Brands survive by being agile

13 October 2014

LONDON: Brands must put aside the certainties of brand management that date from the last century and adapt to today's rapidly changing business environment by making themselves agile, two leading industry practitioners have said.

Lois Jacobs and Thomas Ordahl – respectively the CEO and chief strategy officer of Landor, the global brand consultancy – argue that the speed of modern-day disruption means brands must be created and managed in an entirely new context.

Writing in the 50th anniversary edition of Admap, which is concentrating on the future of brand communications, they identify six essential characteristics that help to make an "agile brand".

Brands must be "adaptive", they say, and above all "understand that success requires being both nimble to risk and responsive to opportunity", citing Nike as a good example of a brand that successfully evolved from a single category.

An agile brand must also be "principled" and very clear about what it stands for. "It is this interplay between standing for something and yet never standing still that makes agile brands successful," they suggested.

"Networked" is the third essential characteristic. Through its network of customers, employees, partners and communities, an agile brand – such as Salesforce.com in the example they give – can ensure they have vital relationships and ongoing relevance.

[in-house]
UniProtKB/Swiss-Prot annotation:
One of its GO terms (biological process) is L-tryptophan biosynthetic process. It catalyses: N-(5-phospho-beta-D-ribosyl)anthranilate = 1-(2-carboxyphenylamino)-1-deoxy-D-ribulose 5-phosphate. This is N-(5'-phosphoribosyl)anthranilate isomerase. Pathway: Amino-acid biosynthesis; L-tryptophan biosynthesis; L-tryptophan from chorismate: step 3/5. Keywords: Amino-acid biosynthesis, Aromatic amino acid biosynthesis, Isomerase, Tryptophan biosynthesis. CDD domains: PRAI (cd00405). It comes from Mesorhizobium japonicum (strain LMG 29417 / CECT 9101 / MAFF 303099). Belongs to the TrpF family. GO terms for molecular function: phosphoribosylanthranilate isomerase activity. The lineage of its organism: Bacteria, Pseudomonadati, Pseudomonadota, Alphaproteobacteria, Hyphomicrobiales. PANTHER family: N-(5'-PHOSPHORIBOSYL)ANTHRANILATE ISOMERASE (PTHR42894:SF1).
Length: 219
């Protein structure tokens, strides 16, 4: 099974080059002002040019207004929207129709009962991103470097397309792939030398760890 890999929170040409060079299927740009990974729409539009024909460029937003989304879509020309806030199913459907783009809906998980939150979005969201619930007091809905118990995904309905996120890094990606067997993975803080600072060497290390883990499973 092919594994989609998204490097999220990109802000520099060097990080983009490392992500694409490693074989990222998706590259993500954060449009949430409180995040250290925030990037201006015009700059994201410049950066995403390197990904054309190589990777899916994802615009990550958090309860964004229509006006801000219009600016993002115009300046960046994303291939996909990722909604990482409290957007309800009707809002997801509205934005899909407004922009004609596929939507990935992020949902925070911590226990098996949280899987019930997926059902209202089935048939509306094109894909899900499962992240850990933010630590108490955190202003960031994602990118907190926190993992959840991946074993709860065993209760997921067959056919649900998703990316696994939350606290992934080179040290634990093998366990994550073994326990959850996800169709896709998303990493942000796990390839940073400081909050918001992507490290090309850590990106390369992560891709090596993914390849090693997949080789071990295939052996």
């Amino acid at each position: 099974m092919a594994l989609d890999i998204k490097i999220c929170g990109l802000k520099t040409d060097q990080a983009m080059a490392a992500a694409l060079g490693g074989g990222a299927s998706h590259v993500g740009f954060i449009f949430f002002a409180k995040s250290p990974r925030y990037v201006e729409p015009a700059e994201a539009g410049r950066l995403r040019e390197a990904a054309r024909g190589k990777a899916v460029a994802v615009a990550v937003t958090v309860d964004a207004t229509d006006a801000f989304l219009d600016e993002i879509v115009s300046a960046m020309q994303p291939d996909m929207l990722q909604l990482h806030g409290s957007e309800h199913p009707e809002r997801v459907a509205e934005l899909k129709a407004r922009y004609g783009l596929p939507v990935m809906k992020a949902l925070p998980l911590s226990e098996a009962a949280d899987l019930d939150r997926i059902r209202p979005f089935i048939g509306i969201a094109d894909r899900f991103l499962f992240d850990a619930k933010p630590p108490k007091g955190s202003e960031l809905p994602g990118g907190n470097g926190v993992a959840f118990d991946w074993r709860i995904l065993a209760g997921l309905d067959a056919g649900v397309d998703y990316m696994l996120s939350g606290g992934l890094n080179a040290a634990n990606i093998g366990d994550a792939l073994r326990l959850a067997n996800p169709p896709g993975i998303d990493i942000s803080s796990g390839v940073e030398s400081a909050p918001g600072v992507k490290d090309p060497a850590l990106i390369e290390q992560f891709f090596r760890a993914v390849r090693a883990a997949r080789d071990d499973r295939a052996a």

Fourth, brands must be "leading", take an active rather than a reactive approach, or otherwise risk being defined by others. Jacobs and Ordahl say perhaps no brand more than Virgin is better at defining its own future.

Fifth, the evolution of digital has also made "multichannel" a key element for an agile brand. Luxury jeweller Tiffany & Co, for example, has perhaps surprisingly become an online success story by developing a successful ecommerce business while also maintaining its strong historical associations.

Finally, a brand should think in "global" terms and be aware that it can face unexpected competitors, innovations and insights from outside its region.

Above all, Jacobs and Ordahl, conclude – it is up to brand managers and their agencies to change their practices and their habits to "build the great brands of the future".

Data sourced from Admap